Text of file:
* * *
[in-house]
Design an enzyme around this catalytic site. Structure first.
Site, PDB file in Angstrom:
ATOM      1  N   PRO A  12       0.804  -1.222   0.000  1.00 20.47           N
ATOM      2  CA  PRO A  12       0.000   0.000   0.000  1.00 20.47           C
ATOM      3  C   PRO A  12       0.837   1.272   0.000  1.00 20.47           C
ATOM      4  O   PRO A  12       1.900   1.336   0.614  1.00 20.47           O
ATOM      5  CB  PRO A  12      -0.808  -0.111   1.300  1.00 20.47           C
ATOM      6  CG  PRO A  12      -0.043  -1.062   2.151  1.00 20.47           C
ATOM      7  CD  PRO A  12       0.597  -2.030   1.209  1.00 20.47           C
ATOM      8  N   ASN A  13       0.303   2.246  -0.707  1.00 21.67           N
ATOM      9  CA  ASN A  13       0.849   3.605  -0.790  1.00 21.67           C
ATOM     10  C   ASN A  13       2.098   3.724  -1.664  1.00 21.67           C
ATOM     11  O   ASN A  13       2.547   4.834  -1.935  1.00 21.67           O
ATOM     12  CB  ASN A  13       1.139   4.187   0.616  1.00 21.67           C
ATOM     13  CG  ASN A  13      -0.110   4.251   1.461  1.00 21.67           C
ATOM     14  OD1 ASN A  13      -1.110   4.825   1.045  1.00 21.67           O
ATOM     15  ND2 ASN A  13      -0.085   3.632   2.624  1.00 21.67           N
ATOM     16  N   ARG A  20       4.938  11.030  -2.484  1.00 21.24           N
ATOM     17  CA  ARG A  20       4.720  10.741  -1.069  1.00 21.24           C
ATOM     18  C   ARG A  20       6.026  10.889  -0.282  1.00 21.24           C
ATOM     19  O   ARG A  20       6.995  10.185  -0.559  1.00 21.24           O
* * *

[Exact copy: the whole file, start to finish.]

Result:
[in-house]
Design an enzyme around this catalytic site. Structure first.
Site, PDB file in Angstrom:
ATOM      1  N   PRO A  12       0.804  -1.222   0.000  1.00 20.47           N
ATOM      2  CA  PRO A  12       0.000   0.000   0.000  1.00 20.47           C
ATOM      3  C   PRO A  12       0.837   1.272   0.000  1.00 20.47           C
ATOM      4  O   PRO A  12       1.900   1.336   0.614  1.00 20.47           O
ATOM      5  CB  PRO A  12      -0.808  -0.111   1.300  1.00 20.47           C
ATOM      6  CG  PRO A  12      -0.043  -1.062   2.151  1.00 20.47           C
ATOM      7  CD  PRO A  12       0.597  -2.030   1.209  1.00 20.47           C
ATOM      8  N   ASN A  13       0.303   2.246  -0.707  1.00 21.67           N
ATOM      9  CA  ASN A  13       0.849   3.605  -0.790  1.00 21.67           C
ATOM     10  C   ASN A  13       2.098   3.724  -1.664  1.00 21.67           C
ATOM     11  O   ASN A  13       2.547   4.834  -1.935  1.00 21.67           O
ATOM     12  CB  ASN A  13       1.139   4.187   0.616  1.00 21.67           C
ATOM     13  CG  ASN A  13      -0.110   4.251   1.461  1.00 21.67           C
ATOM     14  OD1 ASN A  13      -1.110   4.825   1.045  1.00 21.67           O
ATOM     15  ND2 ASN A  13      -0.085   3.632   2.624  1.00 21.67           N
ATOM     16  N   ARG A  20       4.938  11.030  -2.484  1.00 21.24           N
ATOM     17  CA  ARG A  20       4.720  10.741  -1.069  1.00 21.24           C
ATOM     18  C   ARG A  20       6.026  10.889  -0.282  1.00 21.24           C
ATOM     19  O   ARG A  20       6.995  10.185  -0.559  1.00 21.24           O